Sunday, December 20, 2015

You Love It. Then You Hate It. Then You Change It. Then You Love It.

Goddesses? What Goddesses?


I painted this painting a couple of years ago, and it was hanging on my studio wall minding it's own business last week, when I suddenly developed a serious grudge against it.  Here is the deal with this particular painting.  A couple of years ago I was so in love with colour and layers upon layers upon layers of marks and texture that it was very hard for me to cull.  "Ooh, that bit is so pretty!" I was like a kid decorating a Christmas tree that had to hang every ornament PLUS tinsel AND multi coloured lights.  (Note: Tree this year is minimalist - white twinkly lights and a dozen old fashioned wooden or knitted ornaments.)  As a result, my paintings were busy - full of action, like a carnival ride.

Midway through painting this one I saw two women, chin to chin, breast to breast, hair streaming back and hips a-sway.  I called the painting Embrace Your Inner Goddess.  The thing is, no one could see those women but me.  In over two years, not a single person saw my goddesses, no matter how many clues I gave.  "See? Both of them have an arm back, like THIS" I would say, demonstrating with my own arm.  Nope.  No one.

Aside from the hidden goddesses, the painting was starting to really bug me.  Too much color.  Too many marks.  It made me feel all jangly when I looked at it.  Get me off this carnival ride, already.

The absolute beauty of painting, the thing that I really want my students to Get with a capital G, is that you can paint, and stop, and start again, and change it, and leave it, and change it, and so on and so forth. Until you like it. (And then, maybe you won't again later.)  But it is signed already!   But I took photos of it and called it finished!

So what?

It is the PROCESS that is so delicious, not the end result. When I took that big bad goddessy girl down and started layering blues and whites over it I was in the zone. What to keep, what to get rid of? This process still thrills the heck out of me, maybe because I am so much better at it than I used to be.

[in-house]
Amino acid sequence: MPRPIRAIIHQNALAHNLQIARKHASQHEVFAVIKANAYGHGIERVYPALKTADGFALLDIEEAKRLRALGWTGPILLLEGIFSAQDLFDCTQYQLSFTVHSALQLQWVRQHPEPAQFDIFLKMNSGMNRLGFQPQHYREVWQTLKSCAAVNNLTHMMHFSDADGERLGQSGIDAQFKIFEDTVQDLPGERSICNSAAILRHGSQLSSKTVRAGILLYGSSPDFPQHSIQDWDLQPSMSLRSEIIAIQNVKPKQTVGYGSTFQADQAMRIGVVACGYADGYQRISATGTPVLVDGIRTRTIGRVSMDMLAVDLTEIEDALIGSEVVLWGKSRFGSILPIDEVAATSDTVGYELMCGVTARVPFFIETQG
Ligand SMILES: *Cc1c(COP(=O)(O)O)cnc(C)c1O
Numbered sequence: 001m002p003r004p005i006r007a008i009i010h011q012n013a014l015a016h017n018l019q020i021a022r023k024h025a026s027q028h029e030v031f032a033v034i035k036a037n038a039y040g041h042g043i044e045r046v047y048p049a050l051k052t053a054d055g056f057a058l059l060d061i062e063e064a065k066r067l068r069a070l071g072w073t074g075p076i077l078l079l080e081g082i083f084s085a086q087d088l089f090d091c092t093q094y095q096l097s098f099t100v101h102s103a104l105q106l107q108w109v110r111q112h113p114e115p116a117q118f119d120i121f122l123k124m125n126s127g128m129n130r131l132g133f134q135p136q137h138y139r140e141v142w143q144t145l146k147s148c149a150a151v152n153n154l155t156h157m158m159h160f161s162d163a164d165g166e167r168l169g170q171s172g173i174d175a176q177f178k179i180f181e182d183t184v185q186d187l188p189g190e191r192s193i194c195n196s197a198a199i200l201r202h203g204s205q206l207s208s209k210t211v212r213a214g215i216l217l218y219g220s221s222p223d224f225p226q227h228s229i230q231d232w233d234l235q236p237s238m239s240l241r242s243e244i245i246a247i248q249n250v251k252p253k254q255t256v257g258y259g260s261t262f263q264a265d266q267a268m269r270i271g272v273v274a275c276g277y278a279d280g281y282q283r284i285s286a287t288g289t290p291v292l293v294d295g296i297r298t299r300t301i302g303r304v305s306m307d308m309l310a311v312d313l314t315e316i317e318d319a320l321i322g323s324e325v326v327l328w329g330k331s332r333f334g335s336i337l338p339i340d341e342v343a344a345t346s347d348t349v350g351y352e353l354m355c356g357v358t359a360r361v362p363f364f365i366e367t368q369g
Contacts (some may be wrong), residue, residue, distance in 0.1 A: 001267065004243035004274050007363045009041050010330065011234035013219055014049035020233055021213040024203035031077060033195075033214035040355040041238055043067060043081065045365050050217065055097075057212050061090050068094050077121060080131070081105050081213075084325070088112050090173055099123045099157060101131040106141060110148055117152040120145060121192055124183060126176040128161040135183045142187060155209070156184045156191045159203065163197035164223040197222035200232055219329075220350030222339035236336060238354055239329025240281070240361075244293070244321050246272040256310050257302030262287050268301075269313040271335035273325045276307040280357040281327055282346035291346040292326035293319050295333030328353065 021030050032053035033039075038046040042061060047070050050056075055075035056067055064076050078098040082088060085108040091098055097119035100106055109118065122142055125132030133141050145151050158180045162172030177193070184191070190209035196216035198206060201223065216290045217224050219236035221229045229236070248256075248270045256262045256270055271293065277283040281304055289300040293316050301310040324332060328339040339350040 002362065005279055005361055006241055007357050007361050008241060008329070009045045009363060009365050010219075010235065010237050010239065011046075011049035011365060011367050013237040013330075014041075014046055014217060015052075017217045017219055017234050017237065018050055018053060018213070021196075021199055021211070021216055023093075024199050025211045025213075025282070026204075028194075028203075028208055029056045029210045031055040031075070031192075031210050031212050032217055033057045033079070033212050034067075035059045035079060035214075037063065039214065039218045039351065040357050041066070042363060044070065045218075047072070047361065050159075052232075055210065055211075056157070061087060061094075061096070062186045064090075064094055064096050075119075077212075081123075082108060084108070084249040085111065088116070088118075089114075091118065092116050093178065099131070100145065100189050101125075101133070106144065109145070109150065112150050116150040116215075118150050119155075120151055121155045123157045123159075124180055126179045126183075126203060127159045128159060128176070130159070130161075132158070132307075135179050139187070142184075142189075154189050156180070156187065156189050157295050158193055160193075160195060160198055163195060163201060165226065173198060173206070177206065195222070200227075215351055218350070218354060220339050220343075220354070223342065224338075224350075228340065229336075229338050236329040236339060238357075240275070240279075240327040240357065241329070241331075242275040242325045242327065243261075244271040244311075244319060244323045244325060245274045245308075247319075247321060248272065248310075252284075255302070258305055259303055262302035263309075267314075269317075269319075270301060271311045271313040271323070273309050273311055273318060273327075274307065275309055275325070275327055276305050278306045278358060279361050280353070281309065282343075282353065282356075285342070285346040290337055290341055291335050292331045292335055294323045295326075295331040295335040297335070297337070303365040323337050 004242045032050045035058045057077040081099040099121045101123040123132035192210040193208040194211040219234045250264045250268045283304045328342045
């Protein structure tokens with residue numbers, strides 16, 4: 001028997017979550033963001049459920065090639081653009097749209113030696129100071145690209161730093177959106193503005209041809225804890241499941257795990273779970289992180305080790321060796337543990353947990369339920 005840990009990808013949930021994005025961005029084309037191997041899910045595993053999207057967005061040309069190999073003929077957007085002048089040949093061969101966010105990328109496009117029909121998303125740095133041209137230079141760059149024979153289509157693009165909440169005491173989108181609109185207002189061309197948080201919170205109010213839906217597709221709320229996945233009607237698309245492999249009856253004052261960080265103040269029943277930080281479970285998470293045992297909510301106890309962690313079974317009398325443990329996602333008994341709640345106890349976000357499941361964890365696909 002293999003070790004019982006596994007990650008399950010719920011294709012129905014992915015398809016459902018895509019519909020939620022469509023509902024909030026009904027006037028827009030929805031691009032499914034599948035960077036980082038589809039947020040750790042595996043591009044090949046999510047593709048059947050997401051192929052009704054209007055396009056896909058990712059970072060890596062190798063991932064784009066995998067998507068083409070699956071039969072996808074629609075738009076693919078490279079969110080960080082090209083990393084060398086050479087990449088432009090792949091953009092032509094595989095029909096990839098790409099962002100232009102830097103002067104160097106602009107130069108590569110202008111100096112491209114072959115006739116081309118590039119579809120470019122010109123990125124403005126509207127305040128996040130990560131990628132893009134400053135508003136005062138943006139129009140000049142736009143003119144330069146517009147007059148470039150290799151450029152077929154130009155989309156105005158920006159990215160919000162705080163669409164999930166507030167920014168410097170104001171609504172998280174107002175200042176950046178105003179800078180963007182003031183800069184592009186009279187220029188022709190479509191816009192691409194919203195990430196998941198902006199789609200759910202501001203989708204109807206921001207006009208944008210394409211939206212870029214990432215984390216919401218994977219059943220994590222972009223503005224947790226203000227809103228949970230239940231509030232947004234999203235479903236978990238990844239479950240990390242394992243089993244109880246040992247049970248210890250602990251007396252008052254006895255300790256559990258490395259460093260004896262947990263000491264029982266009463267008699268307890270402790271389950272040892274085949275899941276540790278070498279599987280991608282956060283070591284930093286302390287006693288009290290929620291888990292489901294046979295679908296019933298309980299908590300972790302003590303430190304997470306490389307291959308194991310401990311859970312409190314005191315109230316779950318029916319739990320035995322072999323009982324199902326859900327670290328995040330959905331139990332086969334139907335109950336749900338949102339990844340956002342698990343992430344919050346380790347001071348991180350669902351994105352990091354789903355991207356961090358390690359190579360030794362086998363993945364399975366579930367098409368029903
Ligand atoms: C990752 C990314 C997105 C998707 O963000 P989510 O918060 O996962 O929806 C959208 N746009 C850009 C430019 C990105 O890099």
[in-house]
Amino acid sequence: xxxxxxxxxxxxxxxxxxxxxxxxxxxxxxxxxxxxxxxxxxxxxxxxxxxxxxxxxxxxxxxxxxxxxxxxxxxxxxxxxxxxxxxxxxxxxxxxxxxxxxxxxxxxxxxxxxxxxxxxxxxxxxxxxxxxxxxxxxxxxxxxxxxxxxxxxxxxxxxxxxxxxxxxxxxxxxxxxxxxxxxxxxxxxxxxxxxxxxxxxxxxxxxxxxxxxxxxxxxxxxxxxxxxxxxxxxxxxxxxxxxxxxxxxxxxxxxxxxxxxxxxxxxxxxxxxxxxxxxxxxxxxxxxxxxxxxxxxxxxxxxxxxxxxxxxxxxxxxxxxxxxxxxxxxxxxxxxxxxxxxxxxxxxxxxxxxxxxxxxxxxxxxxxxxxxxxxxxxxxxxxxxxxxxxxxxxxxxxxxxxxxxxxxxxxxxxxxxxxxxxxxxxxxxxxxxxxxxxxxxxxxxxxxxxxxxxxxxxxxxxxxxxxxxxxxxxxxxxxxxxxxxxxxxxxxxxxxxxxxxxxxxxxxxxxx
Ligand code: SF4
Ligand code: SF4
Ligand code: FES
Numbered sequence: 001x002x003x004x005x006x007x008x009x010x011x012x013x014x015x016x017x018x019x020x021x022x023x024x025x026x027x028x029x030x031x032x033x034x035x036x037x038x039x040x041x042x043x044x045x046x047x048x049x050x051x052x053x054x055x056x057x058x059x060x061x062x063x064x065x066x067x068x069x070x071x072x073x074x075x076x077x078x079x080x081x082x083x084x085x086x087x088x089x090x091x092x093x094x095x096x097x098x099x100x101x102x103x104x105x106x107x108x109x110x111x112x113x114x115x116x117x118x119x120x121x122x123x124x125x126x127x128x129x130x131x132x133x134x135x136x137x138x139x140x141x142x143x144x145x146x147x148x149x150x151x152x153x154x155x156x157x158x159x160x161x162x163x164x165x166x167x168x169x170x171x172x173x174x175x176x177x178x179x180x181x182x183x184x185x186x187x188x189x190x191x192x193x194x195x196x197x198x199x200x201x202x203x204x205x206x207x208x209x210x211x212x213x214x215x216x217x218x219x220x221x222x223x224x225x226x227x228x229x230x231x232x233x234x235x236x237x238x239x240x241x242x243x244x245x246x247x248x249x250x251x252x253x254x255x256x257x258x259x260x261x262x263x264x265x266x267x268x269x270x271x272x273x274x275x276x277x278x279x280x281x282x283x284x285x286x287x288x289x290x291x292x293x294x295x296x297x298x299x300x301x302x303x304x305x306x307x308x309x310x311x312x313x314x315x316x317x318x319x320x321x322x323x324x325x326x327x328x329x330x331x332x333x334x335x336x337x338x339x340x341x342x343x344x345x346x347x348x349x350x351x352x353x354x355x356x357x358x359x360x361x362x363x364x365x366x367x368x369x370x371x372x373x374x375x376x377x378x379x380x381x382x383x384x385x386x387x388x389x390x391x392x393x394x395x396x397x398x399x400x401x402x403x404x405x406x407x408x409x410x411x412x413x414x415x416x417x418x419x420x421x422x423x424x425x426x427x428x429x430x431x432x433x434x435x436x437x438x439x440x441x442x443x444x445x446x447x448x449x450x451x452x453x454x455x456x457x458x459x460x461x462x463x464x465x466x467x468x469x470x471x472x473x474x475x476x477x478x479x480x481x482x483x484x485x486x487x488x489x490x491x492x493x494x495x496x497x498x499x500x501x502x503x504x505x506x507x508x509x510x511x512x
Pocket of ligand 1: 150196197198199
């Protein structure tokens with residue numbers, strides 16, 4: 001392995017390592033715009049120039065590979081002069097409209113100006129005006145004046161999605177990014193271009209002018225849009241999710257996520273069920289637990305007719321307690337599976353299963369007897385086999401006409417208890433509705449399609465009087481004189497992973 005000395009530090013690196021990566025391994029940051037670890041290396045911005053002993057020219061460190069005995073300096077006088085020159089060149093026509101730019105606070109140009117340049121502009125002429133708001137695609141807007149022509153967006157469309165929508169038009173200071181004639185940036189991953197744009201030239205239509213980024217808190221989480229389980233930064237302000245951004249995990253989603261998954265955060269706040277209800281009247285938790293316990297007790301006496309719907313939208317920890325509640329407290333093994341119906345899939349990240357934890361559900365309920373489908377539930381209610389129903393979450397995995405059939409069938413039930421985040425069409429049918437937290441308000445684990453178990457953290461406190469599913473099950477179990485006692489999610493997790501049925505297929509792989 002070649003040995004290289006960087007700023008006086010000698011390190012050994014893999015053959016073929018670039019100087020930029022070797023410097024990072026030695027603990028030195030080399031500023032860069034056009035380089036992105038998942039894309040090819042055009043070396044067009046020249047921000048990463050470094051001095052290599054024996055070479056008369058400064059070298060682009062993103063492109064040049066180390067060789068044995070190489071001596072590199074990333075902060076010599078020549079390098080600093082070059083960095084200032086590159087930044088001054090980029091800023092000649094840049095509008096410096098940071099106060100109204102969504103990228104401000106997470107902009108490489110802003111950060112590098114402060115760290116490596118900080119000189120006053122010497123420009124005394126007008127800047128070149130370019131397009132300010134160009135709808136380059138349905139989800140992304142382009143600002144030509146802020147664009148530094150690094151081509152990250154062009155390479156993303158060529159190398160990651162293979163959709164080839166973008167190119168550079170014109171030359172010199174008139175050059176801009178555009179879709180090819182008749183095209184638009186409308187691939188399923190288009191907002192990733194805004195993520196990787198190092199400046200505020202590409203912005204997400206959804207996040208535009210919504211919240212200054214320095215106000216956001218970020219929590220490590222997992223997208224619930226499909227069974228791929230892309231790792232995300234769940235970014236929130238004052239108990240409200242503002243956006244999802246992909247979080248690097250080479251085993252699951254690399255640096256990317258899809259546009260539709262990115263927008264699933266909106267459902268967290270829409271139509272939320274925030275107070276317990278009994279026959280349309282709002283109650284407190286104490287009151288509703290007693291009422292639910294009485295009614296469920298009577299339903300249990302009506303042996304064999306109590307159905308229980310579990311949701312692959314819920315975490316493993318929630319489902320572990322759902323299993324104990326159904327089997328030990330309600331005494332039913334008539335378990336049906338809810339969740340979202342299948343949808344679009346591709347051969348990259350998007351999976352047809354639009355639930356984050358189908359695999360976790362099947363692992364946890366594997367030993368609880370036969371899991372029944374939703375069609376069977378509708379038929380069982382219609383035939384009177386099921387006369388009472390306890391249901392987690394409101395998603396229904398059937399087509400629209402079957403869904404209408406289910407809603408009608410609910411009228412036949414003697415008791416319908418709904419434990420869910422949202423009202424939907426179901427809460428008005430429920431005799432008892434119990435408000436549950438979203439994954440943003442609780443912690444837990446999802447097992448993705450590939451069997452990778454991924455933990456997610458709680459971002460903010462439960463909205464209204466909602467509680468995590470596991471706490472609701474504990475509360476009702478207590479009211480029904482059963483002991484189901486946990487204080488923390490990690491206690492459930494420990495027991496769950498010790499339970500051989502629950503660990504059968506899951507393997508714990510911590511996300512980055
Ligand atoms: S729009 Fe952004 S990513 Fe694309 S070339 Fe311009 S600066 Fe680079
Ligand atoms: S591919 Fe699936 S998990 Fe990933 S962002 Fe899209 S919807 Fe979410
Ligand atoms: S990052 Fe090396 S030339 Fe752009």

The first thing I did was rotate the canvas, like this for a new view:

Once it was in this orientation, all sorts of new possibilities presented themselves. You can see what I mean more clearly if I show you half the canvas at a time. I saw some bits I wanted to keep...

...like the hanging down pod thingie, the little blue leaves, the tiny etched flower, and one of the blue horizontal slashes. I changed the horizontal lines a bit, and added white and black liberally.

On this half you can see that another pod thingie from the top stayed, as well as some of the blue vertical streaks. I loved the marks in the big circle under the pod, but made it smaller and anchored it to the bottom of the canvas with a stem. The orange area at the lower right had so much pretty colour going on, so I kept a bit of it in the leaves and gave the rest the white treatment. Adding some black areas give a nice contrast.

The painting has been renamed Winter Drift. I like it. For now... ;)